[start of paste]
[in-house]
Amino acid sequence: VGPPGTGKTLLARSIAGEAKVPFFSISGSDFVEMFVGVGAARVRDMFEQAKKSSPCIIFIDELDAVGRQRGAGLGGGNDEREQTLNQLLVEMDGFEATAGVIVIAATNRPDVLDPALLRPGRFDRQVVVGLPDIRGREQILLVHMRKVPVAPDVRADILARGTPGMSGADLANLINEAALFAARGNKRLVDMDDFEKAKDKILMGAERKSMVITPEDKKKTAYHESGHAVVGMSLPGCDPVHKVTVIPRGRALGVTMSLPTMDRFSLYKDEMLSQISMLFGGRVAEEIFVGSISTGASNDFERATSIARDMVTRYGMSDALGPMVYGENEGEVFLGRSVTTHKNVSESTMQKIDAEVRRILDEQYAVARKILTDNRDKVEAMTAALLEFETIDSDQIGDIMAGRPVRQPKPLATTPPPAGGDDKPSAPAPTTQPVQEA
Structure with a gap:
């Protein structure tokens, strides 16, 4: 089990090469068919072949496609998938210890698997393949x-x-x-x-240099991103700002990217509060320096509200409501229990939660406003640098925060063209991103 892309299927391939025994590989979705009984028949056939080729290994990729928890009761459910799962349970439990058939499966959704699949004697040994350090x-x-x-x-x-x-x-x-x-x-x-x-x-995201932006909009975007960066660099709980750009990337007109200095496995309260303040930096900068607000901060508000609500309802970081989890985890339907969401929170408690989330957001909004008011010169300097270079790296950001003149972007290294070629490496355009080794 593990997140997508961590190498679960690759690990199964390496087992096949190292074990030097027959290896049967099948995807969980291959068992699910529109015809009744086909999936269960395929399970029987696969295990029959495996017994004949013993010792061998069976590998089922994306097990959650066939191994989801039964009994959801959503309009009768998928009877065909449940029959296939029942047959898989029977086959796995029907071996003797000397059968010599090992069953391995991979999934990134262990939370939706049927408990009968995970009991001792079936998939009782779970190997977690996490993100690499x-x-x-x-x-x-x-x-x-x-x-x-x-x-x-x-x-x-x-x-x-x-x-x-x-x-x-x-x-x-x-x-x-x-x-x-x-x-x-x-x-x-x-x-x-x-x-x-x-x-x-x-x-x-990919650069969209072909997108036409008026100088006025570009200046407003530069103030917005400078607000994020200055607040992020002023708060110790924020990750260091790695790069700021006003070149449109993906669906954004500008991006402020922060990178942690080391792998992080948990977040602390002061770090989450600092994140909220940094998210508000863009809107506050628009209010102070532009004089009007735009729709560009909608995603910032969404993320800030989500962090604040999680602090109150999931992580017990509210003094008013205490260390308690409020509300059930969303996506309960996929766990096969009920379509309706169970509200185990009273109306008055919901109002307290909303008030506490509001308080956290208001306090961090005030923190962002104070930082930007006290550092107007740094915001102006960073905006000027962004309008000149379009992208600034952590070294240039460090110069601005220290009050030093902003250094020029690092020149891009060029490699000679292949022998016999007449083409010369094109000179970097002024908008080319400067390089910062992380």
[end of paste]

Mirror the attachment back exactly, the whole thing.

[in-house]
Amino acid sequence: VGPPGTGKTLLARSIAGEAKVPFFSISGSDFVEMFVGVGAARVRDMFEQAKKSSPCIIFIDELDAVGRQRGAGLGGGNDEREQTLNQLLVEMDGFEATAGVIVIAATNRPDVLDPALLRPGRFDRQVVVGLPDIRGREQILLVHMRKVPVAPDVRADILARGTPGMSGADLANLINEAALFAARGNKRLVDMDDFEKAKDKILMGAERKSMVITPEDKKKTAYHESGHAVVGMSLPGCDPVHKVTVIPRGRALGVTMSLPTMDRFSLYKDEMLSQISMLFGGRVAEEIFVGSISTGASNDFERATSIARDMVTRYGMSDALGPMVYGENEGEVFLGRSVTTHKNVSESTMQKIDAEVRRILDEQYAVARKILTDNRDKVEAMTAALLEFETIDSDQIGDIMAGRPVRQPKPLATTPPPAGGDDKPSAPAPTTQPVQEA
Structure with a gap:
């Protein structure tokens, strides 16, 4: 089990090469068919072949496609998938210890698997393949x-x-x-x-240099991103700002990217509060320096509200409501229990939660406003640098925060063209991103 892309299927391939025994590989979705009984028949056939080729290994990729928890009761459910799962349970439990058939499966959704699949004697040994350090x-x-x-x-x-x-x-x-x-x-x-x-x-995201932006909009975007960066660099709980750009990337007109200095496995309260303040930096900068607000901060508000609500309802970081989890985890339907969401929170408690989330957001909004008011010169300097270079790296950001003149972007290294070629490496355009080794 593990997140997508961590190498679960690759690990199964390496087992096949190292074990030097027959290896049967099948995807969980291959068992699910529109015809009744086909999936269960395929399970029987696969295990029959495996017994004949013993010792061998069976590998089922994306097990959650066939191994989801039964009994959801959503309009009768998928009877065909449940029959296939029942047959898989029977086959796995029907071996003797000397059968010599090992069953391995991979999934990134262990939370939706049927408990009968995970009991001792079936998939009782779970190997977690996490993100690499x-x-x-x-x-x-x-x-x-x-x-x-x-x-x-x-x-x-x-x-x-x-x-x-x-x-x-x-x-x-x-x-x-x-x-x-x-x-x-x-x-x-x-x-x-x-x-x-x-x-x-x-x-x-990919650069969209072909997108036409008026100088006025570009200046407003530069103030917005400078607000994020200055607040992020002023708060110790924020990750260091790695790069700021006003070149449109993906669906954004500008991006402020922060990178942690080391792998992080948990977040602390002061770090989450600092994140909220940094998210508000863009809107506050628009209010102070532009004089009007735009729709560009909608995603910032969404993320800030989500962090604040999680602090109150999931992580017990509210003094008013205490260390308690409020509300059930969303996506309960996929766990096969009920379509309706169970509200185990009273109306008055919901109002307290909303008030506490509001308080956290208001306090961090005030923190962002104070930082930007006290550092107007740094915001102006960073905006000027962004309008000149379009992208600034952590070294240039460090110069601005220290009050030093902003250094020029690092020149891009060029490699000679292949022998016999007449083409010369094109000179970097002024908008080319400067390089910062992380």